Nato considers Libya help request
Nato is to send an expert mission to Libya to assess its needs as it faces a flow of insurgents from Mali, secretary-general Anders Fogh Rasmussen has said.
Security experts worry that the al Qaida-linked militants - pushed out of Mali after French military intervention - might be trying to establish a safe haven in Libya.
The mission "will go as soon as possible and, together with the Libyans, identify the areas in which the Libyans think they need advice and areas where we do believe we can add value", Mr Rasmussen said ahead of the opening session of a meeting of Nato defence ministers.
He insisted it will not mean putting boots on the ground in the North African nation.
"This is not about deploying troops to Libya. If we are to engage in training activities, such activities could take place outside Libya," he said.
US defence officials have said Nato's experience in training Afghan and Iraqi security forces provides the expertise to do something similar with Libya.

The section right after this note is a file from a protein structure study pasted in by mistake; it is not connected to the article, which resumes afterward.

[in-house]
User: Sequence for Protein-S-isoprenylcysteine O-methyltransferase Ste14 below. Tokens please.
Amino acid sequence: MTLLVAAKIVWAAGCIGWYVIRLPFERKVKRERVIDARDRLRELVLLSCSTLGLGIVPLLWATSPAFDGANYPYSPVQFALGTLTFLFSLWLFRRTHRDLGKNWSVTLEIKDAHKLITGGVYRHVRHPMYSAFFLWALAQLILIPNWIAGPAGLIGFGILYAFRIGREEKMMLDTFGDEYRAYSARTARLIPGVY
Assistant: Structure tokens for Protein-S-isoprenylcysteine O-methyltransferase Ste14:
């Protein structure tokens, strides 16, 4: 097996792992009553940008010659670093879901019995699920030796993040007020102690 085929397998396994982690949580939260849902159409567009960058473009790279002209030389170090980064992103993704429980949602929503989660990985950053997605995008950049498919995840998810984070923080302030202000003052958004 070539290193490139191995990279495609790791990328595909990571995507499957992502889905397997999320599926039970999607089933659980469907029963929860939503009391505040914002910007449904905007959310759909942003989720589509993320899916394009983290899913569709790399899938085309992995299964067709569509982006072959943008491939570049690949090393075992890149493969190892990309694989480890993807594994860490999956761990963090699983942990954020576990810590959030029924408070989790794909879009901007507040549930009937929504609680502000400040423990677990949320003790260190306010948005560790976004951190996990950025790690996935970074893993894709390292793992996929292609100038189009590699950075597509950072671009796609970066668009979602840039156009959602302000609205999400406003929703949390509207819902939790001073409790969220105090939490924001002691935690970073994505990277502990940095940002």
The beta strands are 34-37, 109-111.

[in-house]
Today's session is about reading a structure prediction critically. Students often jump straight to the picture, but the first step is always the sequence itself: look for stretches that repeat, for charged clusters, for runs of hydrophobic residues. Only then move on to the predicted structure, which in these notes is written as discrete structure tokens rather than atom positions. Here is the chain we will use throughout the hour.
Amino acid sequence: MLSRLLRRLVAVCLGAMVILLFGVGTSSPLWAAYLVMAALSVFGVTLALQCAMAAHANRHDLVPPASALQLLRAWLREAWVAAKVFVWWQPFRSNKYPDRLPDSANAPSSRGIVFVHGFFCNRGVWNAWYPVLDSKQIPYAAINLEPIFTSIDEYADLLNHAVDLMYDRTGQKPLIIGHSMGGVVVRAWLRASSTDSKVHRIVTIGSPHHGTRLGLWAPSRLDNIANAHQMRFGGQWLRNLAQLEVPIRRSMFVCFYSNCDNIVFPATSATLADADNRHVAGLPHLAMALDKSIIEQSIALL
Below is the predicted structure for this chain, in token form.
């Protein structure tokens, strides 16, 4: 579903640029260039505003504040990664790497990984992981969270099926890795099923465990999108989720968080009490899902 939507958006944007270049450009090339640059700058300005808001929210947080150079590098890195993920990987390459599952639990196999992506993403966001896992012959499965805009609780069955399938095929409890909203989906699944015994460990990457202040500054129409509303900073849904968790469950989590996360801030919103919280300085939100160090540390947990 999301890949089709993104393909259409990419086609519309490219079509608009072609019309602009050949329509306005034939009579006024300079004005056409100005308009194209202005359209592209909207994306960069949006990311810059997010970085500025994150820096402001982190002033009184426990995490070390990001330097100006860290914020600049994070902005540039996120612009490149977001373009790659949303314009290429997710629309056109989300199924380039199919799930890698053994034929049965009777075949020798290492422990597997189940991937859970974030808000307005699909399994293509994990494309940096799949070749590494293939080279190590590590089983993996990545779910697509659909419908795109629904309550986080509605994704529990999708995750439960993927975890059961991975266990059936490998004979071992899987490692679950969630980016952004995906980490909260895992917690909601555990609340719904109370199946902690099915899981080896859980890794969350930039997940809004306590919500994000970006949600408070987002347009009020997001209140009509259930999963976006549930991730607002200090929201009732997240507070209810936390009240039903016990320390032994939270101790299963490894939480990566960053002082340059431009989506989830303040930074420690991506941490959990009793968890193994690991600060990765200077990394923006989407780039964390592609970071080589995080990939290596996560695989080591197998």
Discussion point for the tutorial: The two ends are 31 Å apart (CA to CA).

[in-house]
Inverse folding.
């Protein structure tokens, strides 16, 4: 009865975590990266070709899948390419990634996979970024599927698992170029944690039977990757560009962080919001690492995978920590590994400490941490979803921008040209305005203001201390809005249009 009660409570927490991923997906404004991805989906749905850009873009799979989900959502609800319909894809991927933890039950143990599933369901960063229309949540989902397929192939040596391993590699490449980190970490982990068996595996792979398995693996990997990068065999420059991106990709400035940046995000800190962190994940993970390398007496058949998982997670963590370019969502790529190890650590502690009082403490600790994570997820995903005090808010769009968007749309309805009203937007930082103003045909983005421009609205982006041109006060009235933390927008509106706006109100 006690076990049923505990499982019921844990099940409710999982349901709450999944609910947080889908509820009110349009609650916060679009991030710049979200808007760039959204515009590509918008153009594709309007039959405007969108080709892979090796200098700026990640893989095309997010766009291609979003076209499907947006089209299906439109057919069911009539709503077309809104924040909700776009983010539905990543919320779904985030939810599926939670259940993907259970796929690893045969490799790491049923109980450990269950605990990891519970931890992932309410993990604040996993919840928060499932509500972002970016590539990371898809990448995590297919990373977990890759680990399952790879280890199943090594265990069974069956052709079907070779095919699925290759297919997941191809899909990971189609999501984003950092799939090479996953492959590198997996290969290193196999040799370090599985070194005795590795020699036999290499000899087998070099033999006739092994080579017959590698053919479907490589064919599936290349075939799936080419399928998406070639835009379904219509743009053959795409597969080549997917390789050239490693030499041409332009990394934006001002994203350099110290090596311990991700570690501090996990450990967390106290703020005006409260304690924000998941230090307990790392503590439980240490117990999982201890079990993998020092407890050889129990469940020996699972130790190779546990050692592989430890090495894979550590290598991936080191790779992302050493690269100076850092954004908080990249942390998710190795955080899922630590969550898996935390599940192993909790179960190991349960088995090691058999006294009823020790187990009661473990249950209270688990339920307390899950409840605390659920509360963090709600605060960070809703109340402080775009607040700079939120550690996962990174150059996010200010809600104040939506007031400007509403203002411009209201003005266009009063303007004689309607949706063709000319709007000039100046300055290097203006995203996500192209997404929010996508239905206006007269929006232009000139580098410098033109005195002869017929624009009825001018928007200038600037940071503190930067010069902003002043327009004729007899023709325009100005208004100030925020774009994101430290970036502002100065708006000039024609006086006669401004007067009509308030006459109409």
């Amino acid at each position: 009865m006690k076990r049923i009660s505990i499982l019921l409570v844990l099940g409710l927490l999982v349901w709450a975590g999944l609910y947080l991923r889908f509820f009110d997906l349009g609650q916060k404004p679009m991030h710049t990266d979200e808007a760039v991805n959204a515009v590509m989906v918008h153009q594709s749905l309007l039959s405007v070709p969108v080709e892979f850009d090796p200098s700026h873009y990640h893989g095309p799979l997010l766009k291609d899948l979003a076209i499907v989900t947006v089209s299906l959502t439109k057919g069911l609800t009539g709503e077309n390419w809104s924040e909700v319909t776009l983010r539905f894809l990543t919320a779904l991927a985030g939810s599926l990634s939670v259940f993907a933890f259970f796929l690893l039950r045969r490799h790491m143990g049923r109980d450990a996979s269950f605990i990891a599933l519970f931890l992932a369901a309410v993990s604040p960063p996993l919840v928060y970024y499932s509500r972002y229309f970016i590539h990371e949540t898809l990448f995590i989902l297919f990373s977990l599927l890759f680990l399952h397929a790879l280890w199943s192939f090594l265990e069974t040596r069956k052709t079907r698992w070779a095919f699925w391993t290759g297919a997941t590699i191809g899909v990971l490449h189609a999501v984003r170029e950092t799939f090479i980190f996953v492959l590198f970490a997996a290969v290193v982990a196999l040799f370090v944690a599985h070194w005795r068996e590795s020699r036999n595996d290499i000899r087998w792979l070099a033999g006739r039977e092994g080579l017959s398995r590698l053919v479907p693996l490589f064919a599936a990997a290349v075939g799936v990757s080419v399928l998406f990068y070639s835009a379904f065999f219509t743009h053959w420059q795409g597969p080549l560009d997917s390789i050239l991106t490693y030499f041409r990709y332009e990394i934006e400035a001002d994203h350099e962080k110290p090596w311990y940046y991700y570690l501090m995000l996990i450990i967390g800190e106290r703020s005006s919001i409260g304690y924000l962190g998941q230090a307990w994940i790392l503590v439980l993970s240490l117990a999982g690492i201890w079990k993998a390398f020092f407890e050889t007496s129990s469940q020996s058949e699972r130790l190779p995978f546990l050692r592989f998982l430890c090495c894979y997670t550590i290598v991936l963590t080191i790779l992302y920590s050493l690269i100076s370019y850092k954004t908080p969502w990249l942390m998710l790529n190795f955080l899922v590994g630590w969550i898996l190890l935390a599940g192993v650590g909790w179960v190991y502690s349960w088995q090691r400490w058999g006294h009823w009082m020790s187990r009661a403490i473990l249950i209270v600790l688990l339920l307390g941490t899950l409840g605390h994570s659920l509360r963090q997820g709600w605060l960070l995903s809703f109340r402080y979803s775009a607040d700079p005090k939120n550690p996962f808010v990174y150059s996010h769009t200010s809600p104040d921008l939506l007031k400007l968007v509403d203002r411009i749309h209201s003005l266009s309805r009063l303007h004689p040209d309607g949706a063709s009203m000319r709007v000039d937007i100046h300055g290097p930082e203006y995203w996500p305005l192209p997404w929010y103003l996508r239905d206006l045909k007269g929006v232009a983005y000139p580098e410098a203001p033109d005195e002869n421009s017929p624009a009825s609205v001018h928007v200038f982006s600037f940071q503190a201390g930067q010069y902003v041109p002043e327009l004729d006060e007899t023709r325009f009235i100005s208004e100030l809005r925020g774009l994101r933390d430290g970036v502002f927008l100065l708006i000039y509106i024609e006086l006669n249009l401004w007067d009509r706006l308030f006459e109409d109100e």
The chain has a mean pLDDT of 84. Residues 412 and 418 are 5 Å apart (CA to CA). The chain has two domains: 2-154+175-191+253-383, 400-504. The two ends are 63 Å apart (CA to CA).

Mr Rasmussen said Nato is planning to co-ordinate with other national and international efforts and he expects a report from the expert group by the end of June, before more definite plans are made.
Libyan leaders have requested help from Nato, the US and other nations. US president Barack Obama broadly indicated that he would support efforts by Nato to aid the Libyans.
French officials believe some jihadists may have fled Mali along traditional drug and other contraband trafficking routes through Niger and into Libya.
The vast, mostly barren southern two-thirds of Libya has largely gone its own way since the rebellion that overthrew long-time dictator Muammar Gaddafi in 2011, but now there are concerns that in addition to local tensions, the area might be drawn into larger regional conflicts involving al Qaida.